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Understanding the this keyword in JavaScript

renatobentorocha profile image Renato Rocha ・3 min read

When we are learning about handling events in React.JS, we found that to pass a function as a callback we need bind this function before using it:

class App extends React.Component {
  constructor(props) {
    super(props);

    this.handleClick = this.handleClick.bind(this);
  }

  handleClick() {
    console.log(this);
  }

  render() {
    return <button onClick={this.handleClick} />;
  }
}

ReactDOM.render(<App />, document.getElementById("root"));

when the button is clicked, we can see that, the this points to instance of the App Component.

But, what happens when we remove the bind line?

As we can see on the above image, the this became undefined. However, whether we put a console.log(this) on App's render method, we will see again, the this point to the App instance.

JavaScript function

In JavaScript environment we have a global object that is defined in a global context and the value associated to the this is defined according to the context of execution. Such that, if we inspect the this variable in a global context (outside of any function) its values will points to the global object.

As an example, in the browser, if we type this in the console, we get the window object as the associated value. In an another way, in Node CLI, we will get an object that will have all globally used function like console, process etc.

Function call

When we call a function, the internal method Call is executed, receiving as parameters: the this value and the list of function's arguments.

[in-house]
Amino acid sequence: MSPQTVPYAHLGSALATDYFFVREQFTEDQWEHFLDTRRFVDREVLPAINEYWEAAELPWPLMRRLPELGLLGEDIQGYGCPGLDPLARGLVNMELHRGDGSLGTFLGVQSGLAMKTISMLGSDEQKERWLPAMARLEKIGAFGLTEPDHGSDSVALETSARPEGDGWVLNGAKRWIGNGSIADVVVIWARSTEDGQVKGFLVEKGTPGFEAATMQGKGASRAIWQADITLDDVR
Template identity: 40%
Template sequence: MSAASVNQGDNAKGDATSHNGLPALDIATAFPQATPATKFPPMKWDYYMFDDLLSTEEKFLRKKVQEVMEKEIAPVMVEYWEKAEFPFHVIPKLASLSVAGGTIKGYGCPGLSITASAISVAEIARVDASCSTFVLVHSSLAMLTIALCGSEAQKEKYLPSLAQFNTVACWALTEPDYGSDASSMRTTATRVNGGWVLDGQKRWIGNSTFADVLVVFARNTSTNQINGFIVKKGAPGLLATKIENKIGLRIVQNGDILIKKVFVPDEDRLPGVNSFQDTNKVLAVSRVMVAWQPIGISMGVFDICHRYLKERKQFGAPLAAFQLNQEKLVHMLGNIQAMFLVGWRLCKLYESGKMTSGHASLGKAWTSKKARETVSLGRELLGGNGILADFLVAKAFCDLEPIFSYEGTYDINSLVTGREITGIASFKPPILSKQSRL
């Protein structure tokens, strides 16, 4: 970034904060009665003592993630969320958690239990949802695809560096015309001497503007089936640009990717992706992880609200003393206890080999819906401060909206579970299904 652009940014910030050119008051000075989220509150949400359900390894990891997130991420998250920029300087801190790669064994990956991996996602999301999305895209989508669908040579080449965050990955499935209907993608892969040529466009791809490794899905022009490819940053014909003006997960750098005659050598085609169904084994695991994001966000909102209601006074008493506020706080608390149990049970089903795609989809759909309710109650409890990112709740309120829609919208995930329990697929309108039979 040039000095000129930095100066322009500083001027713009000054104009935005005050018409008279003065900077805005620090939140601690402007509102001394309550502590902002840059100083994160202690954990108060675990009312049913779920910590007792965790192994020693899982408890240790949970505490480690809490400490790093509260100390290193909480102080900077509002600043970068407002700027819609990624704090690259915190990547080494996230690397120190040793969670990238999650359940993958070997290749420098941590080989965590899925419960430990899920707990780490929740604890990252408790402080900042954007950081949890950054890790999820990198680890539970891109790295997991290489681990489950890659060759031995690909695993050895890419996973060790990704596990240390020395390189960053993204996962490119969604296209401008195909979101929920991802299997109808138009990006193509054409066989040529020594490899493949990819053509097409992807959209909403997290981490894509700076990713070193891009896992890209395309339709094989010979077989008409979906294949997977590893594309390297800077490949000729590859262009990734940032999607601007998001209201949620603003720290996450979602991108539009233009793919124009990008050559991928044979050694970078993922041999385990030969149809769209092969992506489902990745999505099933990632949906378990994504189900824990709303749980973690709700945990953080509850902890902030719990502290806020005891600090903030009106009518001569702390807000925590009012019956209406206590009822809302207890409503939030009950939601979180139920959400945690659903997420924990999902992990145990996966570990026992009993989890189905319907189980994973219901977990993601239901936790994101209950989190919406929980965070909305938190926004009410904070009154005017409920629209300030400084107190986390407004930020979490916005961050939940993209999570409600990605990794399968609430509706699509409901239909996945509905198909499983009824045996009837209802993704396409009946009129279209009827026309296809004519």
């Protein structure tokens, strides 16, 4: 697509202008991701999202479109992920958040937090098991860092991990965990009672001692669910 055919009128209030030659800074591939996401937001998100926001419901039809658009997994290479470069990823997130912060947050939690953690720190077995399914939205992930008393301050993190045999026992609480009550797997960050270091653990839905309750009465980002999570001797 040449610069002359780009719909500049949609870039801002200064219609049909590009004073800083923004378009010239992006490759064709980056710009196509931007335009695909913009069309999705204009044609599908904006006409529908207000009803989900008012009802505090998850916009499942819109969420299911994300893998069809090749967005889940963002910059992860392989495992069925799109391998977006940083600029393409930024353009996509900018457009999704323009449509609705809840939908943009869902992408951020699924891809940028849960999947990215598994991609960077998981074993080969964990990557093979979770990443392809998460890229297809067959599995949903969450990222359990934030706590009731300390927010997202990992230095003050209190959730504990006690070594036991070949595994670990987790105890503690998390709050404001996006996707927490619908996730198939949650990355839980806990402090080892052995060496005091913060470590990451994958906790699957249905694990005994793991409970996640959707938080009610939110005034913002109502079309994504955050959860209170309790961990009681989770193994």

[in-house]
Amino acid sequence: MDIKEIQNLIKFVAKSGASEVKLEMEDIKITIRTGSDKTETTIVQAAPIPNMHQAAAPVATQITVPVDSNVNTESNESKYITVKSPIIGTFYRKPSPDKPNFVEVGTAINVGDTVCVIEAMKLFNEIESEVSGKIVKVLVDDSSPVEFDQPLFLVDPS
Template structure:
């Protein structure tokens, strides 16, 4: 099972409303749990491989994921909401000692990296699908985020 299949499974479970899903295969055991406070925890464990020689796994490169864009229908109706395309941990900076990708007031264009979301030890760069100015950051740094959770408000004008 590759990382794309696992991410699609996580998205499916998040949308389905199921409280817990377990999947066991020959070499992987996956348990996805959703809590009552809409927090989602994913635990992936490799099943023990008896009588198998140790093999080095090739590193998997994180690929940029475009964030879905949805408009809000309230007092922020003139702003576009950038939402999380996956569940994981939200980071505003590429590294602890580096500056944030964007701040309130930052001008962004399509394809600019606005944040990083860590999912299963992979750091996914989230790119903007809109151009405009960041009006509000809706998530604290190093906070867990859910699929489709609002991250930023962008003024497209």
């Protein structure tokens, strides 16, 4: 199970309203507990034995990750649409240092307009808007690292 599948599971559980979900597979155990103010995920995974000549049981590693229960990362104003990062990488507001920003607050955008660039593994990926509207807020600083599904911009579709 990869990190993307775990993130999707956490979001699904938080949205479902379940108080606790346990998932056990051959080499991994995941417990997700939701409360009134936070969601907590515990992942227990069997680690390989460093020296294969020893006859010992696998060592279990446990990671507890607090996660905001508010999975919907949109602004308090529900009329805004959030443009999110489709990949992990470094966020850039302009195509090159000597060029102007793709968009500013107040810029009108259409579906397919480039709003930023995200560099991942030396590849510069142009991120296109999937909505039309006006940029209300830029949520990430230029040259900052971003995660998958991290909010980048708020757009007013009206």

doSomeThing();

can be seen as

doSomeThing.call(thisValue, arguments);

When we call a function in a short way (doSomeThing();), we can not especify the thisValue. So, if the function is called in a global context, its value will be associated with the global object.

Thus, in our example with React Class, it turns out that, when we pass the handleClick function as a callback its execution context change and the this value became undefined.

Okay, but why was the this value undefined? This happen because when we run the React App, our class is transpiled and run on strict mode [1][2].

As an example lets see the this value of a function in strict mode and one not.

function doSomeThing() {
  console.log(this);
}


function doSomeThing() {
  "use strict";
  console.log(this);
}

As a solution to that, we can use Function.prototype.bind, as was done in the contructor method of the first example. But, the bind function can be implemented using closures.

function doSomeThing() {
  "use strict";
  console.log(this);
}

closured = function(thisValue) {
  return doSomeThing.call(thisValue);
};

So, in this post we saw briefly how the this keyword works in JavaScript, however, without a detailed approach of the Execution Context that contains the associated value to the this.

Discussion

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